The switch means a million doses of US manufacturer Moderna’s two-shot vaccine will be made available to the Covax alliance before the end of December.
Switzerland will take Covax’s slot and receive a million Moderna doses in 2022.
“This collaboration shows that there is a quick and pragmatic way governments can ensure Covax participants in lower-income countries have access to Covid-19 vaccines now,” said Seth Berkley, chief executive of Gavi, which handles the facility’s contracts.
“I encourage other governments to follow this example and work with Covax and manufacturers to amend delivery schedules.”
Covax is co-led by the World Health Organisation, Gavi the Vaccine Alliance, and CEPI, the Coalition for Epidemic Preparedness Innovations.
It was established to ensure poorer countries get Covid jabs and had hoped to deliver two billion doses in 2021, with the cost covered by donors for the poorest 92 territories.
But wealthy nations have hogged doses straight off the production lines and it has so far shipped only 507 million vaccine doses to 144 economies.
In Switzerland, 65 percent of people are fully immunised, mostly with Moderna, while a further two percent have had their first dose of a two-shot vaccine.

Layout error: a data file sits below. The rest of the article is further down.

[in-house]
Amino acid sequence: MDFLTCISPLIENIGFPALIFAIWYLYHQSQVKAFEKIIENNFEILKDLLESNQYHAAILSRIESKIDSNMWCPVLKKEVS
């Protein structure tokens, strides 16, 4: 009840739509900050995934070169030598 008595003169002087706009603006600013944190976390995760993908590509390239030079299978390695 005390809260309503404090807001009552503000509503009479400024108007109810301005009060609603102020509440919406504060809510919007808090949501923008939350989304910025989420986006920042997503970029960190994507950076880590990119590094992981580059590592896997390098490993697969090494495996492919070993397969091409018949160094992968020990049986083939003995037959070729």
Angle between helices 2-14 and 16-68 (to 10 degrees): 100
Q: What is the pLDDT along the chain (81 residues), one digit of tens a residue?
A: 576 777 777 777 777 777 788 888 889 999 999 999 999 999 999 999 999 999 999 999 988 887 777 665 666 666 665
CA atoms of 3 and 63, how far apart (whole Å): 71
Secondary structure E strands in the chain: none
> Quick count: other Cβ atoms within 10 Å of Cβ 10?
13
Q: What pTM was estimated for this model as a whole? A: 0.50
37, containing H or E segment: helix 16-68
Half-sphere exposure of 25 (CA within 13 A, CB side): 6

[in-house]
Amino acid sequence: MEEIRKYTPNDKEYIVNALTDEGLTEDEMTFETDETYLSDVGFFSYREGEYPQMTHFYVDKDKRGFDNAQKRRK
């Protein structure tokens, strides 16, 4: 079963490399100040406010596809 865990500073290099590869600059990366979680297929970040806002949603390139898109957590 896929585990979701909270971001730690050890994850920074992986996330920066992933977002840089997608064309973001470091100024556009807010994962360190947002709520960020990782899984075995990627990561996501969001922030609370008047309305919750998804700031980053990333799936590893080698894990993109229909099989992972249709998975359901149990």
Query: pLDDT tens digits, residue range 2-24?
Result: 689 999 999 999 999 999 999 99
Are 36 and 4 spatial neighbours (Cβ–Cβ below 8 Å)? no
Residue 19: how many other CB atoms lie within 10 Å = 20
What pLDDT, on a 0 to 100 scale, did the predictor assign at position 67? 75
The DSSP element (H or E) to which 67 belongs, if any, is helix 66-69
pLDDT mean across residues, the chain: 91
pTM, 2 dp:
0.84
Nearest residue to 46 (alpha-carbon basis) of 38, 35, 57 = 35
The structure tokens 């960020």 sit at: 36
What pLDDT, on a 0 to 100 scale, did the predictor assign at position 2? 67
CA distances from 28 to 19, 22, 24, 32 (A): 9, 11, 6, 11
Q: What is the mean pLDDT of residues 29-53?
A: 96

The vaccination rate has been flagging in recent months. For months, Covax has been crying out for countries with ample vaccination coverage to allow less fortunate countries to access doses.
Getting pre-planned orders straight off the production lines is a less haphazard way of receiving doses rather than wealthy countries donating surplus jabs, which may be close to expiry.
Switzerland’s move comes just ahead of the World Trade Organization’s ministerial conference next week, which will try to find consensus on temporarily lifting intellectual property rights on Covid vaccines.
Proponents argue this would boost production and address the gaping inequity in access between rich and poor nations.
But there appears to be little likelihood of a deal, amid opposition from a number of wealthy countries that host large pharmaceutical companies.
Switzerland — where the pharmaceutical industry weighs heavily on the economy — is one of the hold-outs, and the wealthy Alpine nation has been sharply criticised for its stance by non-governmental organisations and countries backing the proposal.